It’s that time of year, spring is here and that usually means one thing…your parrots hormonal behaviour is about to kick in!
Now, for those of you who haven’t experienced this yet, allow us to enlighten you.
When our pet dogs and cats grow up and become sexually mature, we usually prevent them from mating and breeding by having them neutered. However, we don’t routinely neuter birds as the procedure is tricky, often expensive and can be risky.
Therefore, when pet birds reach puberty, they will become sexually mature whether we want them to or not. On reaching puberty, that sweet, friendly baby bird undergoes hormone induced behavioural changes just like we do, and then the fun really begins!
If you’re not careful and there’s no ‘feathered’ mate for your pet parrot to choose from then they could choose a mate from the ‘human flock’ (i.e. one of your family members).
Female parrots that are unknowing sexually stimulated by their owners through patting or stroking them on the back, kissing or feeding from the mouth, can become chronic egg layers.
Generally speaking, this behaviour in a mature parrot happens once throughout the year, around spring time. Sometimes referred to as “nesting” or “hormonal behaviour”, it’s a normal rhythm of nature, and there is nothing you or your parrot can do about it except wait it out.
However, it does help you to understand this behaviour when you’re aware of the reasons behind it and alert to the possible changes that can occur.
This information may help minimise any negative side effects of this temporary behaviour change and remember, it is only temporary, we promise!
So…what causes this behavioural change?
Hormonal behaviour in parrots is typically enhanced in the springtime. As breeding season approaches, the sexually mature birds experience natural hormone surges that can trigger some bizarre and undesirable behaviours.
As a rule, any abrupt and dramatic behaviour change in a mature parrot that is not evidence of a possible medical problem, can safely be classed as “nesting or hormonal behaviour”.
Of course, if you are not sure about your parrot’s behaviour, it’s always best to check with your vet.
You may also notice that your parrot has been scratching or tearing at the newspaper lining in their cage. These actions may seem bizarre, unusual and problematic, but it’s simply a natural adjustment.
Parrots can’t control this hormonal behaviour, so be patient and tolerant of their temporary attitude, as it is not permanent.
What types of behaviour should you expect?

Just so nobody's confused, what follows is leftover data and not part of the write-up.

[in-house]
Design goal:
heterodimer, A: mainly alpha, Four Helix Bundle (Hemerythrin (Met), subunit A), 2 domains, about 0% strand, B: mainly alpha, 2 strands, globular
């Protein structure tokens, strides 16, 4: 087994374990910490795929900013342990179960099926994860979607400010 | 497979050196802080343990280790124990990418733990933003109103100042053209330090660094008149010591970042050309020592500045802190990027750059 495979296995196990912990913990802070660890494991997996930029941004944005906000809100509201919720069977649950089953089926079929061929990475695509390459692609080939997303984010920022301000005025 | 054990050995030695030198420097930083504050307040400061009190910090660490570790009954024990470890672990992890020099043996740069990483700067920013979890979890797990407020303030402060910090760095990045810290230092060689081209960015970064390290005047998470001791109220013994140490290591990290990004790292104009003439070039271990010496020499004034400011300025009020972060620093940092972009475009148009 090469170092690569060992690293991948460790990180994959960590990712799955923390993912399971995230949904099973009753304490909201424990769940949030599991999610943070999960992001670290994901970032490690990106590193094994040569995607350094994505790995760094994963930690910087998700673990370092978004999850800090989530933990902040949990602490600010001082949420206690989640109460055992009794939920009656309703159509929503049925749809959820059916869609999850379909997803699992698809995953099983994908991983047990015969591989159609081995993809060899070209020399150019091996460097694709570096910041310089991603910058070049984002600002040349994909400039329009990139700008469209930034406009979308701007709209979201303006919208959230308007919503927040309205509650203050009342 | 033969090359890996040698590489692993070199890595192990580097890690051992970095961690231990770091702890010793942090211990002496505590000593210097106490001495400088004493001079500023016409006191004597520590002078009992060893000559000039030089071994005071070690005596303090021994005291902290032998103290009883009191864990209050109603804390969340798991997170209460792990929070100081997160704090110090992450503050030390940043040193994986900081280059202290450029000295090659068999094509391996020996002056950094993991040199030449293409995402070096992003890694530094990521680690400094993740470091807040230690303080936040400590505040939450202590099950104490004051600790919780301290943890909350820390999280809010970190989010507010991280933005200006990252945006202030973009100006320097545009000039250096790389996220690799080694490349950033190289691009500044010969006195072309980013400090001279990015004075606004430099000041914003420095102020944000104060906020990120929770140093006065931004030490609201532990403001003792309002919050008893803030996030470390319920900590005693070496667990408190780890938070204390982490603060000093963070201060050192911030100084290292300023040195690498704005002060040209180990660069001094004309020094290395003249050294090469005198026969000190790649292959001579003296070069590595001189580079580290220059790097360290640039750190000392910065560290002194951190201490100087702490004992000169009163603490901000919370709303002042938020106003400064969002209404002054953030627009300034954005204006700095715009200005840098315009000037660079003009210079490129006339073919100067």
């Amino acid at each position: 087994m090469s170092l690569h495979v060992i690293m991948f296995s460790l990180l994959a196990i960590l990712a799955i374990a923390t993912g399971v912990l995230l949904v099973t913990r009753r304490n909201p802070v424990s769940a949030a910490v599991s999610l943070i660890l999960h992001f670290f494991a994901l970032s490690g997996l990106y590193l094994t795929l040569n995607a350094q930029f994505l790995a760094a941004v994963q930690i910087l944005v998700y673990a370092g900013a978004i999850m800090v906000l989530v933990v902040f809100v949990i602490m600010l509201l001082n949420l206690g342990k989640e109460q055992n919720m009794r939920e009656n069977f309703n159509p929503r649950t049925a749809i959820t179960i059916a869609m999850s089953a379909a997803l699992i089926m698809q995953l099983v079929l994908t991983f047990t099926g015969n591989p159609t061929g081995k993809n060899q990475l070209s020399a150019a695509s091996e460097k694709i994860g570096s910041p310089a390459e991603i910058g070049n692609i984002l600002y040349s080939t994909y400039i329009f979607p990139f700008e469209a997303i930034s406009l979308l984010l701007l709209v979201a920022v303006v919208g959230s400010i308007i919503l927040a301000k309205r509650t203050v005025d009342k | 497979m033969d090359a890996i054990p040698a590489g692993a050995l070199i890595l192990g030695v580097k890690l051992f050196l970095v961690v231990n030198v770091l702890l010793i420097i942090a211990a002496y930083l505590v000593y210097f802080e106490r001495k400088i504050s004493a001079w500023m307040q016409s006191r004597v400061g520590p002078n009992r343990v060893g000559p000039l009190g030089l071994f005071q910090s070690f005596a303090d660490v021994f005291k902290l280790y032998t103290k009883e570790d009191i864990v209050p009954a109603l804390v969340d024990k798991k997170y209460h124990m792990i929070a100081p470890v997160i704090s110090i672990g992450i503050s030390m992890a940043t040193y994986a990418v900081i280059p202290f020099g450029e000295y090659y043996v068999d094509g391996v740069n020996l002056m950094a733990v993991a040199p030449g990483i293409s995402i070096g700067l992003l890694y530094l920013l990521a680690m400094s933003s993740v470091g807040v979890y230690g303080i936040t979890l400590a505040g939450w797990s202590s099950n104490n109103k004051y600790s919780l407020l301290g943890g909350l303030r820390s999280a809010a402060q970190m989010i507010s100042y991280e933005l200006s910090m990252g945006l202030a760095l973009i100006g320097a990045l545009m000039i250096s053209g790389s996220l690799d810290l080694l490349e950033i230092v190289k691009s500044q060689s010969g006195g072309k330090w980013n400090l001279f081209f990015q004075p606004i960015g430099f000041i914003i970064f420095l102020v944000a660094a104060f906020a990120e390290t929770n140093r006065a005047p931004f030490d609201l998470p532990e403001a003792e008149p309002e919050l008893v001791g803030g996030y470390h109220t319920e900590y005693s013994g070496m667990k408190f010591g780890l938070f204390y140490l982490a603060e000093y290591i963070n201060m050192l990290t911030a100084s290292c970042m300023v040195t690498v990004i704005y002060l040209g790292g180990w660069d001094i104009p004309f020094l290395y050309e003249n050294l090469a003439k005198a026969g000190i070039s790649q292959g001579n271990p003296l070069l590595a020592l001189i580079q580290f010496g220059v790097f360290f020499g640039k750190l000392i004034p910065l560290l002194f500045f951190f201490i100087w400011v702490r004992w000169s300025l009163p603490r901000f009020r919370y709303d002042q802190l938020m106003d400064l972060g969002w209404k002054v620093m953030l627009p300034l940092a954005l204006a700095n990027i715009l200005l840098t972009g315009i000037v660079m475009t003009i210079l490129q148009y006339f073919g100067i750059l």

These behaviours can range from excessive screaming and biting, to being overly affectionate.
Here’s a closer look at some other behaviours you may experience:
Flat backing – avian specialist term for the submissive posture of some female parrots, with or without, accompanying wing shivering or clucking.
Some birds may also revert to baby-like behaviour, begging to be hand fed by their favourite person.
Strutting – with tail feathers fanned, neck feathers up and eyes flashing wildly is often defined as male behaviour and is seen other times of the year as well, especially when meeting new people.
This is probably normal territorial behaviour that becomes more frequent during nesting time.
Nest-making – can occur in different ways, one of which could be them burrowing in fabric or fluffy sofa pillows.
This behaviour is simply your parrot doing what they would do naturally in the wild during the nesting season…hence the name!
Feather picking – some parrots do a little feather chewing or picking, usually in small, localised areas of their bodies. This feather chewing or picking is only seen during spring behaviour.
It should not be confused with the more dramatic and extensive plucking seen as a result of physical problems such as infections, allergies or as a behaviour problem.
Regurgitation of food – parrots will sometimes regurgitate food to feed their mate and their young, so if your parrot throws up on you, don’t get grossed out, just take it in the spirit it’s offered. It is, after all, a tremendous compliment…we think!
When this behaviour occurs without any obvious stimulus, it may be evidence of a medical problem, so if you are unsure about what is happening, consult your vet just to make sure.
Is there anything you can do?
There are certain things that can help you, and your parrot, get through this awkward period:
- Remember that the quickest way to having an obedient well-mannered bird is to let it know that it must depend upon you for leadership
- Mark on your calendar when this period of nesting/hormonal behaviour begins and ends. This will help you be better prepared to handle it next year
- If your parrot becomes aggressive towards other humans, then do everyone a favour and leave them in their cage when people are around, and never leave them out unsupervised
- Don’t encourage sexual behaviour. Avoid doing things like petting their back, wings or tail feathers. Restrict your petting to your parrots head so you don’t further stimulate them
- Don’t allow your bird to eat out of your mouth and don’t stroke it on the lower back or abdomen if the bird is presenting
- Avoid giving them a mirror for company, a sexually frustrated, single pet bird will often try and ‘bond’ with their own reflection in a cage mirror
- Above all, don’t try to punish your parrot for totally natural behaviours, because what they’re doing is not wrong, just normal for this time of year
But finally the most obvious way to counteract unwanted sexual behaviour in pet birds is to introduce a mate of the opposite sex.
If you are struggling and your bird is developing problems, then it is a good idea to seek advice from an avian vet early, to try to prevent problems before they become a long term habit.